The pilot uses a hand-held GPS to navigate
Galapagos and Amazon -Feast for the senses (and stomach)
Now we understood why there was a 25 lb luggage weight limit for the trip. I kept mine to 21 lbs so it wasn't my fault we were 100 lbs over on the weigh-in. The 5 and 9 passenger prop planes don't have the safety factor a large commercial jet has I guess. At least they didn't charge extra for checked bags....
I'm not sure it's routine for passengers to jump over the ticket counter and duck under the baggage door and walk down the conveyor belt; but that's how we scrambled to reach our luggage in order to extract anything we could do without for a couple days. The planes weren't taking off until we lightened the load 100 lbs.
We took the same path back to the passenger check-in area before being escorted through the security screening. What's the point - we were already on 'the other side' sorting our bags. Must have made the attendants feel useful I guess.
The twin engine wing over 9 passenger plane I got into was beat. But the pilot had a white shirt and tie on so it made me feel better. It looked like all the instruments were in working order so why did he have a bright yellow hand-held GPS on the dashboard? He kept poking at it when we were inside the clouds during most of the journey.
We didn't think much about the commotion between the other 3 members of our group (Brenda, Bob and Fabio) on the ground in Isabella when they said one of their plane's doors opened during flight. Not until later when Brenda (a pilot herself) explained the seriousness of the situation did we realize that had things gone just a little differently, they may not have made it.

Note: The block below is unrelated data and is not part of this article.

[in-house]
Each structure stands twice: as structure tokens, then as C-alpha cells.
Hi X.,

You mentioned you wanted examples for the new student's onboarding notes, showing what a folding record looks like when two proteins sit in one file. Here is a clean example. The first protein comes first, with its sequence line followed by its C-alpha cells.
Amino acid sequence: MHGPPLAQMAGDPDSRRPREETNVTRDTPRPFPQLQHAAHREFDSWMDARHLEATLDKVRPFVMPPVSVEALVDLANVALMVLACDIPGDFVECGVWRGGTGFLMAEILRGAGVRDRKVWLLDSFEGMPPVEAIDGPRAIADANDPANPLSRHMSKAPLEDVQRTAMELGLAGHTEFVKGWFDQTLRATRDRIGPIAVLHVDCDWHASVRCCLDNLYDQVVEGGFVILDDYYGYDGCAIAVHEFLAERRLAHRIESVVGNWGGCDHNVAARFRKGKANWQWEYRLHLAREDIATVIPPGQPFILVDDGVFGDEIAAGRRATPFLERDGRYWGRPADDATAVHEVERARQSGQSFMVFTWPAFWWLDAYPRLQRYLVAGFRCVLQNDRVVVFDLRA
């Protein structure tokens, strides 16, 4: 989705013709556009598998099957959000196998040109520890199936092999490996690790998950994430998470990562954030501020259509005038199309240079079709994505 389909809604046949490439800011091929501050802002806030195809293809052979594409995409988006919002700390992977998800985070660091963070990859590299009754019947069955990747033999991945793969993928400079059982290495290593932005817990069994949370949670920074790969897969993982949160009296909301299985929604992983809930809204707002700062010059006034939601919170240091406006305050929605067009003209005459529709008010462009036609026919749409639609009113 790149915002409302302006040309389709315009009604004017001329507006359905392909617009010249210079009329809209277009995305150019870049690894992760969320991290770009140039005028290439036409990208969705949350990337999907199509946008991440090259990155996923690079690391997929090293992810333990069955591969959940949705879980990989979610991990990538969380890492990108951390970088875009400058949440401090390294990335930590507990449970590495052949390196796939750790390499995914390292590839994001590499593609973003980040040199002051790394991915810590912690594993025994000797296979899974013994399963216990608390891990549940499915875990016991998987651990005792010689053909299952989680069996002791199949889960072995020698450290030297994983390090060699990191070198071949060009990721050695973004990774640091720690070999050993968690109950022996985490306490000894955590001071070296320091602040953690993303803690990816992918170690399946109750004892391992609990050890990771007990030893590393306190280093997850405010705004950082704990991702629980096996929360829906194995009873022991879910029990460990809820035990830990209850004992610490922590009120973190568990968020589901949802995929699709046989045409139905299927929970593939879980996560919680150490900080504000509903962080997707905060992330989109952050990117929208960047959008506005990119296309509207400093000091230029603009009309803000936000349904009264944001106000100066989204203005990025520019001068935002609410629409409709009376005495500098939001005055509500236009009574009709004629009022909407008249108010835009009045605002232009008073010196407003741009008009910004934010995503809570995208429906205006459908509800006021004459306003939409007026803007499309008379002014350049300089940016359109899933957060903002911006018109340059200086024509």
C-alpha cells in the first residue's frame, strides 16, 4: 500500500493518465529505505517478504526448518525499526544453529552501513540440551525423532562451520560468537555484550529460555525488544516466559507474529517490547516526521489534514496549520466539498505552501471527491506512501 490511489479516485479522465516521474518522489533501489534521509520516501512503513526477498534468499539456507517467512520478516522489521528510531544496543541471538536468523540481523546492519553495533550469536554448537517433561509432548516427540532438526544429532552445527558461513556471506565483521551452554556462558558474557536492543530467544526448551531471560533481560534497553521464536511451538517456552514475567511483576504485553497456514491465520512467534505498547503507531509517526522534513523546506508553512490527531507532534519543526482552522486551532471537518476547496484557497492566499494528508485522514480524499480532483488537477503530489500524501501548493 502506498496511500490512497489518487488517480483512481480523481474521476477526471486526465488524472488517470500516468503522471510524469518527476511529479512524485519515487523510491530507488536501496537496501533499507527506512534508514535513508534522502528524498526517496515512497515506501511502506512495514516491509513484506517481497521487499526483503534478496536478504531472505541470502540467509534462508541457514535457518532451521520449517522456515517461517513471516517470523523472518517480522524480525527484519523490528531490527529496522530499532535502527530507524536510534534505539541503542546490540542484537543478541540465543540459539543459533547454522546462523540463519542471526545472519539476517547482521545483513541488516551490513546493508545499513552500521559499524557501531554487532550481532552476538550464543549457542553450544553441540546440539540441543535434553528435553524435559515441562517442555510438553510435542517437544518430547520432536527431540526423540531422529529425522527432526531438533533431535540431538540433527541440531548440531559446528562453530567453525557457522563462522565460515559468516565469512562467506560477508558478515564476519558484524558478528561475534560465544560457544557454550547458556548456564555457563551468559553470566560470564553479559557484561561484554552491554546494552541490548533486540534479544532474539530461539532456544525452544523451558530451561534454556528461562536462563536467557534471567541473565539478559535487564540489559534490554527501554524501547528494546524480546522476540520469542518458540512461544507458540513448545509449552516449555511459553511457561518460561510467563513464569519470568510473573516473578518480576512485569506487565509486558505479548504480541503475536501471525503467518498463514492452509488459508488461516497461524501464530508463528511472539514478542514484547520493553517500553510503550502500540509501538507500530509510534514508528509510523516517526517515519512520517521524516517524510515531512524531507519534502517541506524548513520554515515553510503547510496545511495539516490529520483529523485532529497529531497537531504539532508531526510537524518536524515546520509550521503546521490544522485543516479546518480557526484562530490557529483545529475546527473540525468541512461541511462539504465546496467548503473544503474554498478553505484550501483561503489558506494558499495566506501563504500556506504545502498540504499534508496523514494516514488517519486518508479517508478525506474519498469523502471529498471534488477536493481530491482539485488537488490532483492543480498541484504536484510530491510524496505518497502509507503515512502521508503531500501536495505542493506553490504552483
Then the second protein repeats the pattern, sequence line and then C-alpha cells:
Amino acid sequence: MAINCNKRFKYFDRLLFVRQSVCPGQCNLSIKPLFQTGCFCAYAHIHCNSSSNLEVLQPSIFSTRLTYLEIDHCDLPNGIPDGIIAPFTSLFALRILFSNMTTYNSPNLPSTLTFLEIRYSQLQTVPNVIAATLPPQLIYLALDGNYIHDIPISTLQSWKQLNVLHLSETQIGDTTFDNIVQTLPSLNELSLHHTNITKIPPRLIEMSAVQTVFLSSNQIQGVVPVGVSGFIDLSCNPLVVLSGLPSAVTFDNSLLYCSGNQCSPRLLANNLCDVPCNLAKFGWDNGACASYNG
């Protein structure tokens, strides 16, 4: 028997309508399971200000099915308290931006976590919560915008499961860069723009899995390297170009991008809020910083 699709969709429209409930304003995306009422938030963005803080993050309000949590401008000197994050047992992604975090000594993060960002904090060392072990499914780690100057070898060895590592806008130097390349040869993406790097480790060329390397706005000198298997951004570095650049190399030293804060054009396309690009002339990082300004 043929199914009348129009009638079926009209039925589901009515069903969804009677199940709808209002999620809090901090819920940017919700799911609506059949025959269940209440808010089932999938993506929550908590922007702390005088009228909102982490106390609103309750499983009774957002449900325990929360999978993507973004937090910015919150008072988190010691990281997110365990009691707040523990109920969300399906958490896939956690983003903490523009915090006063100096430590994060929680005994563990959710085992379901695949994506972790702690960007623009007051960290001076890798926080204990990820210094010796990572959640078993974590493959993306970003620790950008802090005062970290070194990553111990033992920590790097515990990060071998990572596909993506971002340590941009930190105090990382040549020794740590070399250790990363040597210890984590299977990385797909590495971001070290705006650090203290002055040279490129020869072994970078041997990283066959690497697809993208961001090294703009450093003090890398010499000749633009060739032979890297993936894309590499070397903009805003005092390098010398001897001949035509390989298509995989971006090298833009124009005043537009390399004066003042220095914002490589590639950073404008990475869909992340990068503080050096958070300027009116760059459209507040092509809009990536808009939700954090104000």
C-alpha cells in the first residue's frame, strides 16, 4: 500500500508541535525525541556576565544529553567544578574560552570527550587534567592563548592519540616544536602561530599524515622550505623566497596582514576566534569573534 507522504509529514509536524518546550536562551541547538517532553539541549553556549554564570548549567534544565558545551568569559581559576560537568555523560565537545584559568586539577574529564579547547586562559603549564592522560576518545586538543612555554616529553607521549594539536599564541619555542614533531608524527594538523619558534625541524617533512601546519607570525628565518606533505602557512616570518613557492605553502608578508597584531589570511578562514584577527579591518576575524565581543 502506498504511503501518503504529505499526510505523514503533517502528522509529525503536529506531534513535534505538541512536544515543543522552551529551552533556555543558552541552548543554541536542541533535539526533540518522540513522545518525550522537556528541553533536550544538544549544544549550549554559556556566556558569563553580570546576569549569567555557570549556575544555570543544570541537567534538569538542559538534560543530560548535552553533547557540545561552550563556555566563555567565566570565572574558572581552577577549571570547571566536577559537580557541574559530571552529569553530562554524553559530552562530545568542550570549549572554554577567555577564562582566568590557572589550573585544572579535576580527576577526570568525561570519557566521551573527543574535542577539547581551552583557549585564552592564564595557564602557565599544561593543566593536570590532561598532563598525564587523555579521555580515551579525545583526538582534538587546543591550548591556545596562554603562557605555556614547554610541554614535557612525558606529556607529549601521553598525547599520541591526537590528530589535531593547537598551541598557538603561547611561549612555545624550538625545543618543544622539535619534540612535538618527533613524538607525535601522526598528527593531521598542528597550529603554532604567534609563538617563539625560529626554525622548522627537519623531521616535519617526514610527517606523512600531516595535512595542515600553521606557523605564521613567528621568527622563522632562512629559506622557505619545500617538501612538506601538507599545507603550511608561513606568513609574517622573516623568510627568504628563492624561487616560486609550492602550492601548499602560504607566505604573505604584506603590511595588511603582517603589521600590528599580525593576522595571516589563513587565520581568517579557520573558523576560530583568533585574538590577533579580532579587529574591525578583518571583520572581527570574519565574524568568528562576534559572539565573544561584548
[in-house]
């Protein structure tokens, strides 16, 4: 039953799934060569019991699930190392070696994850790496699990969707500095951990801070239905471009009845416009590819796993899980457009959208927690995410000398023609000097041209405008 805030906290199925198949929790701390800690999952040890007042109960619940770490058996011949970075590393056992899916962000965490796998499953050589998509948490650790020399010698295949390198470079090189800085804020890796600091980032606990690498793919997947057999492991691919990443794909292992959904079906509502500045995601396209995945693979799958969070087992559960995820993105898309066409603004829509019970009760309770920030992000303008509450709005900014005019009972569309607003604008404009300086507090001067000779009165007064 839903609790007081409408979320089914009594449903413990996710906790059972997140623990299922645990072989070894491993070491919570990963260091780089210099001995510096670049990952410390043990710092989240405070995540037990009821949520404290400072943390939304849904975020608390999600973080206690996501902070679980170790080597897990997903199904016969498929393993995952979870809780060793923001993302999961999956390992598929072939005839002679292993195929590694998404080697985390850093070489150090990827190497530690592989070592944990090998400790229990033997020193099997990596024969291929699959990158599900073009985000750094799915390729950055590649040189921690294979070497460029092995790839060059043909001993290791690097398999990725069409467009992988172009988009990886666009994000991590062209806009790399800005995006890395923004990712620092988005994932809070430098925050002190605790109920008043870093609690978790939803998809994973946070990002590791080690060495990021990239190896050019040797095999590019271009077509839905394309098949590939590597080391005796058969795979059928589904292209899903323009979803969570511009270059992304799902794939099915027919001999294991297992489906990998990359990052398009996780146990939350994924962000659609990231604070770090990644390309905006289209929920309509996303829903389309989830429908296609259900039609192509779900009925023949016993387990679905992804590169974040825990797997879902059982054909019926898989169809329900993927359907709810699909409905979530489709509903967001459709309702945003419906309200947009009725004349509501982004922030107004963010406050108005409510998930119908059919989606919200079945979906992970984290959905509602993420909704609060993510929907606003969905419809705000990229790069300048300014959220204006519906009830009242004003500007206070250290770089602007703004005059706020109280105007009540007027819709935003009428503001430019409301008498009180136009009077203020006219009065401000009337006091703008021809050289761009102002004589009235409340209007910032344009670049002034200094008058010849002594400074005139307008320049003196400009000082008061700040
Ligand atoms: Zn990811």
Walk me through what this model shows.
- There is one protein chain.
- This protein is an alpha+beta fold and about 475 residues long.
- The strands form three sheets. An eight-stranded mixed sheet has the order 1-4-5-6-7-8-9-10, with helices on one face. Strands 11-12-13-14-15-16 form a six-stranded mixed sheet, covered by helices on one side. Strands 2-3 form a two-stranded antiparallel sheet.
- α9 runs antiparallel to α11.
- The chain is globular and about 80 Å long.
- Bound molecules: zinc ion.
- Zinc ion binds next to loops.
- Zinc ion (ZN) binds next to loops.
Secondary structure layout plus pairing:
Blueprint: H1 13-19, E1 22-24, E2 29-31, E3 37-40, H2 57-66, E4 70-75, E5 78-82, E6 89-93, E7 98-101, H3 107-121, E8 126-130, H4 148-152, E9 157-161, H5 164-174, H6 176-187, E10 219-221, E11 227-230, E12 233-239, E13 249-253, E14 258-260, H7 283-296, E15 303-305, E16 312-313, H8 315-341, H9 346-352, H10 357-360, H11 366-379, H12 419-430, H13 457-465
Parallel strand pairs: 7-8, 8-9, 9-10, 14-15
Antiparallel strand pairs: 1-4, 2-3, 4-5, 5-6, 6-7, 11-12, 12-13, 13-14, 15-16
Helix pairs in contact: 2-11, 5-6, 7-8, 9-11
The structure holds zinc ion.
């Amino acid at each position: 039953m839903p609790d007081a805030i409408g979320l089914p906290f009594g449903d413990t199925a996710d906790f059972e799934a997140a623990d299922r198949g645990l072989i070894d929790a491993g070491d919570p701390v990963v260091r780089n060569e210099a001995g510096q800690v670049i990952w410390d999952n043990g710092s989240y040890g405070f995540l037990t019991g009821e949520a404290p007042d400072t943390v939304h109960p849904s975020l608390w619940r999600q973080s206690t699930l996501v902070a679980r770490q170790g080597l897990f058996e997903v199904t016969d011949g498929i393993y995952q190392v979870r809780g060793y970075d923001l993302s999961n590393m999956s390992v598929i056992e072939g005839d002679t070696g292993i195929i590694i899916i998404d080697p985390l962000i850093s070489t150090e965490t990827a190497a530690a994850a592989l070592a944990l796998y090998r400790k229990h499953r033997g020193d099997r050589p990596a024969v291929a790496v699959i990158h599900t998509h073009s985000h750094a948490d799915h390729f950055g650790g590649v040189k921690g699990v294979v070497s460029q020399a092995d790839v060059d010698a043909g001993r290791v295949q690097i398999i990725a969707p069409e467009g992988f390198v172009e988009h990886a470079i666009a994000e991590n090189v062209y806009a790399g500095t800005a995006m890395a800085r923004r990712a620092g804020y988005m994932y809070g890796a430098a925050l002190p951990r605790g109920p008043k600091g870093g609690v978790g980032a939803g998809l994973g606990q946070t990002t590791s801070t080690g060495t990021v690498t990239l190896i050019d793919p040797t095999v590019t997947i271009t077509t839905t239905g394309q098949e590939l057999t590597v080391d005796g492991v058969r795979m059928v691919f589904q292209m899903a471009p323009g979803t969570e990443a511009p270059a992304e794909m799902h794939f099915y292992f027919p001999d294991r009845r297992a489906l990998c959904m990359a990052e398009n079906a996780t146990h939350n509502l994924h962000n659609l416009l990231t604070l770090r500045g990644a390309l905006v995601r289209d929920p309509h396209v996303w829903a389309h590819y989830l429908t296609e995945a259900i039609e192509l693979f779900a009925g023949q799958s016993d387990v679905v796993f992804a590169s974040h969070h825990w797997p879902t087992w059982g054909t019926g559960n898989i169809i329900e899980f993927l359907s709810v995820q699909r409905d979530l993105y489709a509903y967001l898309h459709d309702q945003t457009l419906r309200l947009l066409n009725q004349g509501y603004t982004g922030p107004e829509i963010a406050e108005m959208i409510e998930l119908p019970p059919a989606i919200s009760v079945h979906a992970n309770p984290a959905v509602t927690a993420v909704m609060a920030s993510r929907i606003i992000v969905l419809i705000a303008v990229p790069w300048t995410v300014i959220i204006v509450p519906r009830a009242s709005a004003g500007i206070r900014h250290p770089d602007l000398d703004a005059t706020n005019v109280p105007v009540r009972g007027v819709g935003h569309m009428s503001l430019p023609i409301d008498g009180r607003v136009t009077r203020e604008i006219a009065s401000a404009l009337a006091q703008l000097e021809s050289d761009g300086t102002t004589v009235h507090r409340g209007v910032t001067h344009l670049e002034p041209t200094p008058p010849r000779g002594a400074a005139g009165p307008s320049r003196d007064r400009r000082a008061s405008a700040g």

Isabella's village area is sprucing up with curbs and sidewalks going in along the sand street. After checking into rooms we head out for an afternoon mountain bike ride. An open-sided bus trails us for breakdowns. Along the beach and up into a park, the scenery is fantastic. The thin clouds take the edge off the sun and keep it comfortable. Now we find wild tortoises crossing the road oblivious to those wheeling by. We stop at a series of short walks to observation points atop hills, swamps and ponds on the lookout for plants and animals. Isabella has similarities and differences from San Cristobal. I can't recollect them precisely of course but the lava fields are immense.
After lunch in a local restaurant (dirt floor, canopy roof, plastic chairs - good food) we headed for a boat ride, snorkel and walk with the iguana. The cove was a convoluted maze of lava flows - The captain was definately experienced, pausing to wait until a swell passed over a reef so he could clear it without clipping his prop.
The waves stirred up the water diminishing visibility but watching the penguins along the shore and walking through the marine iguana colony made up for it. How can you tell the difference between lava and marine iguana? The iguana move. I nearly stepped on dozens walking along - the creatures look like they morphed right out of the rough black/gray lava. Like most of the other critters we encountered, the marine iguana cooperated with our filming.